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Constitutional Courts and Democratic Values

Constitutional Courts and Democratic Values Author Víctor Ferreres Comella
ISBN-10 9780300148688
Release 2014-05-14
Pages 255
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Víctor Ferreres Comella contrasts the European 'centralised' constitutional court model, in which one court system is used to adjudicate constitutional questions, with a decentralised model such as that of the United States, in which courts deal with both constitutional and non-constitutional questions.



Constitutional Justice East and West

Constitutional Justice  East and West Author Wojciech Sadurski
ISBN-10 9041118837
Release 2002-12-31
Pages 453
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How can the power of constitutional judges to overturn parliamentary choices on the basis of their own reading of the constitution, be reconciled with fundamental democratic principles which assign the supreme role in the political system to parliaments? This time-honoured question acquired a new significance when the post-commumst countries of Central and Eastern Europe, without exception, adopted constitutional models in which constitutional courts play a very significant role, at least in theory. Can we learn something about the relationship between democracy and constitutionalism in general, from the meteoric rise of constitutional tribunals in the post-communist countries? Can the discussions and controversies relating to constitutional review which have been going on for decades in more established democracies illuminate the sources of the strength of constitutional courts in Central and Eastern Europe? These questions lie at the center of this book, which focuses on the question of constitutional review in postcommunist states, from a theoretical and comparative perspective. The chapters contained in the book outline the conceptual framework for analyzing the sources, the role and the legitimacy of constitutional justice in a system of political democracy. From this perspective, it assesses the experience of constitutional justice in the West (where the model originated) and in Central and Eastern Europe, where the model has been implanted after the fail of Communism.



The Constitutional Court and Democracy in Indonesia

The Constitutional Court and Democracy in Indonesia Author Simon Butt
ISBN-10 9789004250598
Release 2015-05-12
Pages 348
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The Constitutional Court and Democracy in Indonesia provides detailed, English-language analysis of the decision-making of Indonesia's Constitutional Court in democracy-related cases.



Constitutional Courts in Asia

Constitutional Courts in Asia Author Albert H. Y. Chen
ISBN-10 9781108168878
Release 2018-09-30
Pages
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The founding of a constitutional court is often an indication of a chosen path of constitutionalism and democracy. It is no coincidence that most of the constitutional courts in East and Southeast Asia were established at the same time as the transition of the countries concerned from authoritarianism to liberal constitutional democracy. This book is the first to provide systematic narratives and analysis of Asian experiences of constitutional courts and related developments, and to introduce comparative, historical and theoretical perspectives on these experiences, as well as debates on the relevant issues in countries that do not as yet have constitutional courts. This volume makes a significant contribution to the systematic and comparative study of constitutional courts, constitutional adjudication and constitutional developments in East and Southeast Asia and beyond.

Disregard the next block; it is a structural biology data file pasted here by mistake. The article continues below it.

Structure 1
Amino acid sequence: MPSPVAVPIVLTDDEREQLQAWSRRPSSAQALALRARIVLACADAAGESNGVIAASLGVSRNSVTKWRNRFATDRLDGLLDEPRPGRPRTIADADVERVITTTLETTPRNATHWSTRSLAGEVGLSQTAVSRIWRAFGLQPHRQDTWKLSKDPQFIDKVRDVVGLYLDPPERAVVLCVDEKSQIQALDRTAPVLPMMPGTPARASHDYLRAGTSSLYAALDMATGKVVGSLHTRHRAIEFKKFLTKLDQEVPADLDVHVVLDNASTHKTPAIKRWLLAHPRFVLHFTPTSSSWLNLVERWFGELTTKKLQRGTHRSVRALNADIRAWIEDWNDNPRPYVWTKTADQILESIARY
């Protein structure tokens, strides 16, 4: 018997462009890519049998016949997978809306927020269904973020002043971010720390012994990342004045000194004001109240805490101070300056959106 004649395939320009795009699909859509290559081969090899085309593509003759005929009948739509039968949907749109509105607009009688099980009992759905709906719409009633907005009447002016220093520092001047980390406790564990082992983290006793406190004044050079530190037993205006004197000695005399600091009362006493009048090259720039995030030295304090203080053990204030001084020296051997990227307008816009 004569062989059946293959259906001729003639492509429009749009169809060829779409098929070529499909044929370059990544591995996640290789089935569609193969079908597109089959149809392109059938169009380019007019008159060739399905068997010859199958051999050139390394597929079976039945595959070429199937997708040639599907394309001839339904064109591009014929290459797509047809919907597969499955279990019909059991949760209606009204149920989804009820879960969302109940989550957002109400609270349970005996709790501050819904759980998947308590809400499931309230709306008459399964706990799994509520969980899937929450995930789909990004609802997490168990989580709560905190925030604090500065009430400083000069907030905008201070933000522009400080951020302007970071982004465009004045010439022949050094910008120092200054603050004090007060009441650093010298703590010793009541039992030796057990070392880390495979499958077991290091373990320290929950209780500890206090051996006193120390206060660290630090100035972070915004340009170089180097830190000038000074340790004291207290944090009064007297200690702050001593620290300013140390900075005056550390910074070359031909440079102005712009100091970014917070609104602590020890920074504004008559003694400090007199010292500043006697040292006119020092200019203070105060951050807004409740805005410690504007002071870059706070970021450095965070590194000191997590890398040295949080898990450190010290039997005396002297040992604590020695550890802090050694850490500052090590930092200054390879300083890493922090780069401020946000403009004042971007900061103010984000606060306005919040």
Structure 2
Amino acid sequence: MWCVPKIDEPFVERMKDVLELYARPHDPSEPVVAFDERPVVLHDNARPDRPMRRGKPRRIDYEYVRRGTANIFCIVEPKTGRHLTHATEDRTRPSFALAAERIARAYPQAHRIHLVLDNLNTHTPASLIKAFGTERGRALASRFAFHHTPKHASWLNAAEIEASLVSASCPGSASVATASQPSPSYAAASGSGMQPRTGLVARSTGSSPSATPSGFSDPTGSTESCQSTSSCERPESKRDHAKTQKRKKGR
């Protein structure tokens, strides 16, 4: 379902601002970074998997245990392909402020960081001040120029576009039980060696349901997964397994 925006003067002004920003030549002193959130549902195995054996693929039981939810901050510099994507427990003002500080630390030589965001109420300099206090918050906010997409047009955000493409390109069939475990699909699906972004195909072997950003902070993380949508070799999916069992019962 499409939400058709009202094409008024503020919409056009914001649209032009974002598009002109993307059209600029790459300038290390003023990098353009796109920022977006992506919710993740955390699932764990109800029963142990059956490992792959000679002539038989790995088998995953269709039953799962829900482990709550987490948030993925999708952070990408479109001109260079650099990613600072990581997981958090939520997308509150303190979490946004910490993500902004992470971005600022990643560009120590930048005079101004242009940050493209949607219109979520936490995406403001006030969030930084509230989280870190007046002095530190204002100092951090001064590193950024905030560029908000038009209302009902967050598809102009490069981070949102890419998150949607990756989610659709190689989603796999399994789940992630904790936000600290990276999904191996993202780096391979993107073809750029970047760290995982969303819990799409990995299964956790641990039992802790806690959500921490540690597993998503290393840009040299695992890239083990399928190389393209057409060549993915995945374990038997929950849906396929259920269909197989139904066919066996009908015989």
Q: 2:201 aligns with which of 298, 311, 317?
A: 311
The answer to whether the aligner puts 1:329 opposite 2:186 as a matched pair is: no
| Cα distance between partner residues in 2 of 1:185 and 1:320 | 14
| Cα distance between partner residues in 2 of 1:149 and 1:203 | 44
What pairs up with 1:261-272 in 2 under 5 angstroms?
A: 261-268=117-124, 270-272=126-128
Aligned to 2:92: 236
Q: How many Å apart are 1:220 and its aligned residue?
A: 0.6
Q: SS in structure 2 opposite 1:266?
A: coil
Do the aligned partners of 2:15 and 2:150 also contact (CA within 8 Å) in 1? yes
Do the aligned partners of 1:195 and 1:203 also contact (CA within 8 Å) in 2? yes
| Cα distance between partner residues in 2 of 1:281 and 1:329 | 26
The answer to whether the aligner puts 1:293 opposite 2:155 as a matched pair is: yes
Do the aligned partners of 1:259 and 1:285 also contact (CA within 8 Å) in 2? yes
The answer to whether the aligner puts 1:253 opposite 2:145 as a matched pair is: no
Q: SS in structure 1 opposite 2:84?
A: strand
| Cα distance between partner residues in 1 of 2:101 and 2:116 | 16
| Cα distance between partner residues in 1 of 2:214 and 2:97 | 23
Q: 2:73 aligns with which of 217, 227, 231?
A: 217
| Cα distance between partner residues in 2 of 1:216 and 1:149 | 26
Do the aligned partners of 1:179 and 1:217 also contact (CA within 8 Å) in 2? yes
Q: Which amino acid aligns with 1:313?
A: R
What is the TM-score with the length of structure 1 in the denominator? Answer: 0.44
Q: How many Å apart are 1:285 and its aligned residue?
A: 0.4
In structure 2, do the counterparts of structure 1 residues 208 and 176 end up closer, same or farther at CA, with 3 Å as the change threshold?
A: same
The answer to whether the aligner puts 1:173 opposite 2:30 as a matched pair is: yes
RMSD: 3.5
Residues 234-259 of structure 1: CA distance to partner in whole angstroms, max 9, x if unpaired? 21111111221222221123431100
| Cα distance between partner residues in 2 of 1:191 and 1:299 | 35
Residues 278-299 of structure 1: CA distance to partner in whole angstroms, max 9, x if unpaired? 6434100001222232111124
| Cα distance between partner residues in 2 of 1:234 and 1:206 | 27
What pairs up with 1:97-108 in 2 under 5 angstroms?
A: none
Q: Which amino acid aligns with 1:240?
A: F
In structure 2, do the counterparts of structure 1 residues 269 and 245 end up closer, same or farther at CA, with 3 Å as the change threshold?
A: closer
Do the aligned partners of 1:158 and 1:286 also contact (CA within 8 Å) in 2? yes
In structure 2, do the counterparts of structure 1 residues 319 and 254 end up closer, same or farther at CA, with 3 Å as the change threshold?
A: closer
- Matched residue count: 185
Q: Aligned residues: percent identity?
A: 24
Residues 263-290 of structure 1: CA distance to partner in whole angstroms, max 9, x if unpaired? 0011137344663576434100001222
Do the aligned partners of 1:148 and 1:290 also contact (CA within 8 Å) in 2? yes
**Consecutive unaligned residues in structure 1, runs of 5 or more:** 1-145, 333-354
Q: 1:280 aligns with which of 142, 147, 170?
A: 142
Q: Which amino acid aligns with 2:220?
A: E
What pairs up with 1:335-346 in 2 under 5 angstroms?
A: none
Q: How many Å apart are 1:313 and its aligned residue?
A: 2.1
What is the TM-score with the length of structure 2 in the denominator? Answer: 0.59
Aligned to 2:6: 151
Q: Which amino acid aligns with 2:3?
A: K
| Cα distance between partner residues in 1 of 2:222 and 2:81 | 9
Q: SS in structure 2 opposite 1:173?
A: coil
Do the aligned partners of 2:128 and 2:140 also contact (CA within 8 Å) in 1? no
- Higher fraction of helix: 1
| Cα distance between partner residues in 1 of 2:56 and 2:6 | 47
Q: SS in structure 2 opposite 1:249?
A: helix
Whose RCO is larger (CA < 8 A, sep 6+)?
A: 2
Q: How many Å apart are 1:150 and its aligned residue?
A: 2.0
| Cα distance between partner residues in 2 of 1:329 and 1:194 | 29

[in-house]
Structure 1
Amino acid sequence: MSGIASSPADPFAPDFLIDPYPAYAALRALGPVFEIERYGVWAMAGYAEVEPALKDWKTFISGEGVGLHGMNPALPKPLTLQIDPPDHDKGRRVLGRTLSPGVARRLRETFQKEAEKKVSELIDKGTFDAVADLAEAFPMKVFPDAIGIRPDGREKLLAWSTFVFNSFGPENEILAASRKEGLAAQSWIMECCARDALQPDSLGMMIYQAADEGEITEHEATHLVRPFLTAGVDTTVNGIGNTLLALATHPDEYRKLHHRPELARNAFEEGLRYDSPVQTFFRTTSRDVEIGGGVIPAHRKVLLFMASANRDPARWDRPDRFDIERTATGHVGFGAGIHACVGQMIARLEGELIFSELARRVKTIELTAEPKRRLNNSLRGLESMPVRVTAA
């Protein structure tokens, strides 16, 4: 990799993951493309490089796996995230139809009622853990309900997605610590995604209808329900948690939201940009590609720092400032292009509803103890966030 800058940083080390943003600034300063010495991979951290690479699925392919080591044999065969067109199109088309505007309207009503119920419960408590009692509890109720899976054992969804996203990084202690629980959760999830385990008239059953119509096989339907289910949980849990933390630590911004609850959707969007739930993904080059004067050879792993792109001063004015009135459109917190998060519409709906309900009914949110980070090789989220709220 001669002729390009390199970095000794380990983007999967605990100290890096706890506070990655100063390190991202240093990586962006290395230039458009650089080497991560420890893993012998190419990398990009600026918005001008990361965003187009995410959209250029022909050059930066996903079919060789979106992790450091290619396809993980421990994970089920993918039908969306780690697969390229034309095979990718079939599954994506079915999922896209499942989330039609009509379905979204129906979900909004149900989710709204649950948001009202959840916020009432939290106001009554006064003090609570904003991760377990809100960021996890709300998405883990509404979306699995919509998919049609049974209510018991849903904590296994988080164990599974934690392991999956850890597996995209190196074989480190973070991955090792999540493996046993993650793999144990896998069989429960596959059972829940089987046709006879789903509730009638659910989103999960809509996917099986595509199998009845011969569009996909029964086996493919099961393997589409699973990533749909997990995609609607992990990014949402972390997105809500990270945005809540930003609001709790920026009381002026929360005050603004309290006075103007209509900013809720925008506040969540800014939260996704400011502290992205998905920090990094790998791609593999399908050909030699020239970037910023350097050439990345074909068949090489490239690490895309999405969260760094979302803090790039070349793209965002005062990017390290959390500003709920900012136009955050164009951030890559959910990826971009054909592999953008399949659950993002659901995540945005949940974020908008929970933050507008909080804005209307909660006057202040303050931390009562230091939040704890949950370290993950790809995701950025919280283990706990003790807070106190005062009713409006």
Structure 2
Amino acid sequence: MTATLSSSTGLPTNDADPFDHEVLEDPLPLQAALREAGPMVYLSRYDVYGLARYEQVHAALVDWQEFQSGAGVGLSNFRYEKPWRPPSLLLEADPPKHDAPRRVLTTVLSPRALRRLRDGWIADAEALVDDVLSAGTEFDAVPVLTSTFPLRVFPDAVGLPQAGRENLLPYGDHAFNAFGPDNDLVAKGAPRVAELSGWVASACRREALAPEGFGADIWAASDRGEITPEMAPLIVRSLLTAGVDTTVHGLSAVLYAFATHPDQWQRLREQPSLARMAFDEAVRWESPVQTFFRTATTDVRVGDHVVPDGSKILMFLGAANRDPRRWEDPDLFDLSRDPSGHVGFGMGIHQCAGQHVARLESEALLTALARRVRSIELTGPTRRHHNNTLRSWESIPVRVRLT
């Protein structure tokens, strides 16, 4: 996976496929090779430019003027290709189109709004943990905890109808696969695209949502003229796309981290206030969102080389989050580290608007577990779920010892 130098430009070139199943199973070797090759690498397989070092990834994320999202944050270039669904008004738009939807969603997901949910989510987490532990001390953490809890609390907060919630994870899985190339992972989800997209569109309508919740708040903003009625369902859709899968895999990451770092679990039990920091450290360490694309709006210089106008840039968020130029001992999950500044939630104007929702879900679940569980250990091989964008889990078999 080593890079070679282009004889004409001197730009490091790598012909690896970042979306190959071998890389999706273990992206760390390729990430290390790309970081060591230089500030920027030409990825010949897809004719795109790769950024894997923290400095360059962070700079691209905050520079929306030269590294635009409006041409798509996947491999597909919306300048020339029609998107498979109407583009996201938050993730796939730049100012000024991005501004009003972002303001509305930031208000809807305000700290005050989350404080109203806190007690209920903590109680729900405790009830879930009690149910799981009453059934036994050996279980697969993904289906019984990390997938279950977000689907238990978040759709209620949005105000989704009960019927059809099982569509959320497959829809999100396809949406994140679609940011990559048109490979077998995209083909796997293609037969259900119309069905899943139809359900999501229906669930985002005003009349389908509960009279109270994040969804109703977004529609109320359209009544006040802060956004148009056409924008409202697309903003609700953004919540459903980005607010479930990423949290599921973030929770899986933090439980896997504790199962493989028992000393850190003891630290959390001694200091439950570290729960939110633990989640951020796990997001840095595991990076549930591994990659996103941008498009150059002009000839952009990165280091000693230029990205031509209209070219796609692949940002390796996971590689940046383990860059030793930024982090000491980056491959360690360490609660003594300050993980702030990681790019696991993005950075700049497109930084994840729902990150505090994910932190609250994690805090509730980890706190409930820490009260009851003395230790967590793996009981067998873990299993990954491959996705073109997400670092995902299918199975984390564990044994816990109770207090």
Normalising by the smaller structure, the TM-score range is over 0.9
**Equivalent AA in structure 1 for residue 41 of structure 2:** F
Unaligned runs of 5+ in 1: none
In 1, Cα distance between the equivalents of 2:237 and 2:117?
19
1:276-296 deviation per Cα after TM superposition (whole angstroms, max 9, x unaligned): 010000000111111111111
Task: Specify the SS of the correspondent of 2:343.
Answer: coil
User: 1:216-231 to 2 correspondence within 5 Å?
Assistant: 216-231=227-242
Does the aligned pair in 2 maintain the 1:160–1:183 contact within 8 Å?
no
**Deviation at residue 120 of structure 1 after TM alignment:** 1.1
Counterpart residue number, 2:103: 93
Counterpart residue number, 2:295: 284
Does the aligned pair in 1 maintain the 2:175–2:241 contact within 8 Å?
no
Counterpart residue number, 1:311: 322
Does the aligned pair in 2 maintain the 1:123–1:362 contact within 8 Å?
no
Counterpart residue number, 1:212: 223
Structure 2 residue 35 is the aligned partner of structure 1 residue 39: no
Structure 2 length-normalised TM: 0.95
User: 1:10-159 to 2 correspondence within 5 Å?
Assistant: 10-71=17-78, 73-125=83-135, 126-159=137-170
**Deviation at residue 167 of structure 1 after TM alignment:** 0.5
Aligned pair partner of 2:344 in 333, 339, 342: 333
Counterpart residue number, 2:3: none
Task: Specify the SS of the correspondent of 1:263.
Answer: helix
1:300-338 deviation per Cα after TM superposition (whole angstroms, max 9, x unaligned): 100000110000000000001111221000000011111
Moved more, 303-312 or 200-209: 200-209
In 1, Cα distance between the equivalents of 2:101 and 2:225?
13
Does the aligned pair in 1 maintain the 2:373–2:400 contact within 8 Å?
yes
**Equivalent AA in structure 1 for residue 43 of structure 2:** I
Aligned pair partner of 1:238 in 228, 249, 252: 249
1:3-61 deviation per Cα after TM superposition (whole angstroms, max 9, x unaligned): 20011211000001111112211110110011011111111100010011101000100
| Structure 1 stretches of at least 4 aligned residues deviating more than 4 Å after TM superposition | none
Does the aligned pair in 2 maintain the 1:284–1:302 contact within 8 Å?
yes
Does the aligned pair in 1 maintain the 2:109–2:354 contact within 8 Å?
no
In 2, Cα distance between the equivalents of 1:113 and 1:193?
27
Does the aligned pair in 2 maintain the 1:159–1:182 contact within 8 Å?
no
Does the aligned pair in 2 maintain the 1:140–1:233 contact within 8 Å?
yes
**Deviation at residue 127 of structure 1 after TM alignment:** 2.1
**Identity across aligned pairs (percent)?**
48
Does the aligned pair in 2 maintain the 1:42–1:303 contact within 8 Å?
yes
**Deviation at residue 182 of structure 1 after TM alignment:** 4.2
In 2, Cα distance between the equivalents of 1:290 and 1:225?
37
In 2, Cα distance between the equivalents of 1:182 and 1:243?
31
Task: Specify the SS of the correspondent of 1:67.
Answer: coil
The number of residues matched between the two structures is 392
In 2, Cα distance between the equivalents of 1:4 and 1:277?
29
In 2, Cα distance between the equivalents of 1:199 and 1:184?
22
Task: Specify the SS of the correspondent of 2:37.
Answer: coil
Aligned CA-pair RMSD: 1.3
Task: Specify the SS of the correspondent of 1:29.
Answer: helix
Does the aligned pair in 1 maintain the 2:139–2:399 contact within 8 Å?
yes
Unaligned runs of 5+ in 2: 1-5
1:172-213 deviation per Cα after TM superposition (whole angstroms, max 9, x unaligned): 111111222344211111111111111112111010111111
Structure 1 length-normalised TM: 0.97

Central European Judges Under the European Influence

Central European Judges Under the European Influence Author Michal Bobek
ISBN-10 9781782259909
Release 2015-11-19
Pages 304
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The onset of the 2004 EU enlargement witnessed a number of predictions being made about the approaches, capacity and ability of Central European judges who were soon to join the Union. Optimistic voices, foreshadowing the deep transformative power that Europe was bound to exercise with respect to the judicial mentality and practice in the new Member States, were intertwined with gloomy pictures of post-Communist limited formalism and mechanical jurisprudence that could not be reformed, which were likely to undermine the very foundations of mutual trust and recognition the judicial system of the Union is built upon. Ten years later, this volume revisits these predictions and critically assesses the evolution of Central European judicial mentality, institutions and constitutionality under the influence of the EU membership. Comparatively evaluating the situation in a number of Central European Member States in their socio-legal contexts, notably Poland, the Czech Republic, Slovakia, Hungary, Slovenia, Bulgaria and Romania, the volume offers unique insights into the process of (non) Europeanisation of national legal systems and cultures.



New Challenges to Constitutional Adjudication in Europe